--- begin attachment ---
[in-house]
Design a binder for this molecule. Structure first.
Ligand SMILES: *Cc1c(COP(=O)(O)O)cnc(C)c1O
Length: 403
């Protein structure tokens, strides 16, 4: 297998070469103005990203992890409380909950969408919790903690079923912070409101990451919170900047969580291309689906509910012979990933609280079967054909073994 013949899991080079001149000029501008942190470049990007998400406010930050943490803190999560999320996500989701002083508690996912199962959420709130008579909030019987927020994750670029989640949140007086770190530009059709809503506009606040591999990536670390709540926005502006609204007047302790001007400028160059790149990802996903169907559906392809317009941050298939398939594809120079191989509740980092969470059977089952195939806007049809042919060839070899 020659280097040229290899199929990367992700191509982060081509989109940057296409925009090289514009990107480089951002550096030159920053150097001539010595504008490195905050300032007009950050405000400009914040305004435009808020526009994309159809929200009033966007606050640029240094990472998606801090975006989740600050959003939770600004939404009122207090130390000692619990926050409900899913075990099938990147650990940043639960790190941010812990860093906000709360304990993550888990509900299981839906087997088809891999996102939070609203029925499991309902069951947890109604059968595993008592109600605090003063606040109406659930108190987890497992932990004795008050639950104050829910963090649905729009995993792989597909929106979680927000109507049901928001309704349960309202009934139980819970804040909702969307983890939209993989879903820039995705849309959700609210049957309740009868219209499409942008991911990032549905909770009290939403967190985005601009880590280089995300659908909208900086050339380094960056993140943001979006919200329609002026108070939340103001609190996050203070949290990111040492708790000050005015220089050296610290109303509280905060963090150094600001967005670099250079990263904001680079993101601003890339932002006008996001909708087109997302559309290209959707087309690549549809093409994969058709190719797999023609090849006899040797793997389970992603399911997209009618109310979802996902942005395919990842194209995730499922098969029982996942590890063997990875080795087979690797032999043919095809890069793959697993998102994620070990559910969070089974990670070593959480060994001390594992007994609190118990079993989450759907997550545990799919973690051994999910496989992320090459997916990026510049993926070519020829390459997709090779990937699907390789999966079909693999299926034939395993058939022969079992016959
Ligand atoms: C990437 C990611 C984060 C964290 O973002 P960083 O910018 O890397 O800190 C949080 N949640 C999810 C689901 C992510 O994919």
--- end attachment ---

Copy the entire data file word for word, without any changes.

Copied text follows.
[in-house]
Design a binder for this molecule. Structure first.
Ligand SMILES: *Cc1c(COP(=O)(O)O)cnc(C)c1O
Length: 403
């Protein structure tokens, strides 16, 4: 297998070469103005990203992890409380909950969408919790903690079923912070409101990451919170900047969580291309689906509910012979990933609280079967054909073994 013949899991080079001149000029501008942190470049990007998400406010930050943490803190999560999320996500989701002083508690996912199962959420709130008579909030019987927020994750670029989640949140007086770190530009059709809503506009606040591999990536670390709540926005502006609204007047302790001007400028160059790149990802996903169907559906392809317009941050298939398939594809120079191989509740980092969470059977089952195939806007049809042919060839070899 020659280097040229290899199929990367992700191509982060081509989109940057296409925009090289514009990107480089951002550096030159920053150097001539010595504008490195905050300032007009950050405000400009914040305004435009808020526009994309159809929200009033966007606050640029240094990472998606801090975006989740600050959003939770600004939404009122207090130390000692619990926050409900899913075990099938990147650990940043639960790190941010812990860093906000709360304990993550888990509900299981839906087997088809891999996102939070609203029925499991309902069951947890109604059968595993008592109600605090003063606040109406659930108190987890497992932990004795008050639950104050829910963090649905729009995993792989597909929106979680927000109507049901928001309704349960309202009934139980819970804040909702969307983890939209993989879903820039995705849309959700609210049957309740009868219209499409942008991911990032549905909770009290939403967190985005601009880590280089995300659908909208900086050339380094960056993140943001979006919200329609002026108070939340103001609190996050203070949290990111040492708790000050005015220089050296610290109303509280905060963090150094600001967005670099250079990263904001680079993101601003890339932002006008996001909708087109997302559309290209959707087309690549549809093409994969058709190719797999023609090849006899040797793997389970992603399911997209009618109310979802996902942005395919990842194209995730499922098969029982996942590890063997990875080795087979690797032999043919095809890069793959697993998102994620070990559910969070089974990670070593959480060994001390594992007994609190118990079993989450759907997550545990799919973690051994999910496989992320090459997916990026510049993926070519020829390459997709090779990937699907390789999966079909693999299926034939395993058939022969079992016959
Ligand atoms: C990437 C990611 C984060 C964290 O973002 P960083 O910018 O890397 O800190 C949080 N949640 C999810 C689901 C992510 O994919």